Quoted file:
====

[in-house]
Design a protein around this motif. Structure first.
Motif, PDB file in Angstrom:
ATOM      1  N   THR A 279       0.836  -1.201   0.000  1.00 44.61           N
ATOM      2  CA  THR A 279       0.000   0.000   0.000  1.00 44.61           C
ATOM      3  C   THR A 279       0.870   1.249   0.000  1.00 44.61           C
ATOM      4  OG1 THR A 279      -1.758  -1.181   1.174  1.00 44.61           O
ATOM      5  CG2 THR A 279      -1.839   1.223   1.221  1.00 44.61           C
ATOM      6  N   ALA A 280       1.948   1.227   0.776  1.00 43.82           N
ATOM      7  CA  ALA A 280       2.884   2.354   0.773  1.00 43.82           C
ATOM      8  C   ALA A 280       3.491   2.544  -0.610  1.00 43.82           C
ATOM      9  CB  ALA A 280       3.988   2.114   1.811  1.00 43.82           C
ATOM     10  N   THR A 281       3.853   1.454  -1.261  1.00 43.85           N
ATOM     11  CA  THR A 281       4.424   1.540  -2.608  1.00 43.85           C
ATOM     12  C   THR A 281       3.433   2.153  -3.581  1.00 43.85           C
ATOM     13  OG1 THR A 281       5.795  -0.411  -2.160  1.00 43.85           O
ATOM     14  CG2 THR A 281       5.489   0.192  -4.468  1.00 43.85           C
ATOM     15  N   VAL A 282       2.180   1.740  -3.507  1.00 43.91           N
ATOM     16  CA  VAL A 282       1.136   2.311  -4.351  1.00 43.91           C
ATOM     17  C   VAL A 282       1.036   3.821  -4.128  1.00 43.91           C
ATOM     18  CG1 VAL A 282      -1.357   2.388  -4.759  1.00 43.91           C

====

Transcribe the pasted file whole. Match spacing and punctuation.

[in-house]
Design a protein around this motif. Structure first.
Motif, PDB file in Angstrom:
ATOM      1  N   THR A 279       0.836  -1.201   0.000  1.00 44.61           N
ATOM      2  CA  THR A 279       0.000   0.000   0.000  1.00 44.61           C
ATOM      3  C   THR A 279       0.870   1.249   0.000  1.00 44.61           C
ATOM      4  OG1 THR A 279      -1.758  -1.181   1.174  1.00 44.61           O
ATOM      5  CG2 THR A 279      -1.839   1.223   1.221  1.00 44.61           C
ATOM      6  N   ALA A 280       1.948   1.227   0.776  1.00 43.82           N
ATOM      7  CA  ALA A 280       2.884   2.354   0.773  1.00 43.82           C
ATOM      8  C   ALA A 280       3.491   2.544  -0.610  1.00 43.82           C
ATOM      9  CB  ALA A 280       3.988   2.114   1.811  1.00 43.82           C
ATOM     10  N   THR A 281       3.853   1.454  -1.261  1.00 43.85           N
ATOM     11  CA  THR A 281       4.424   1.540  -2.608  1.00 43.85           C
ATOM     12  C   THR A 281       3.433   2.153  -3.581  1.00 43.85           C
ATOM     13  OG1 THR A 281       5.795  -0.411  -2.160  1.00 43.85           O
ATOM     14  CG2 THR A 281       5.489   0.192  -4.468  1.00 43.85           C
ATOM     15  N   VAL A 282       2.180   1.740  -3.507  1.00 43.91           N
ATOM     16  CA  VAL A 282       1.136   2.311  -4.351  1.00 43.91           C
ATOM     17  C   VAL A 282       1.036   3.821  -4.128  1.00 43.91           C
ATOM     18  CG1 VAL A 282      -1.357   2.388  -4.759  1.00 43.91           C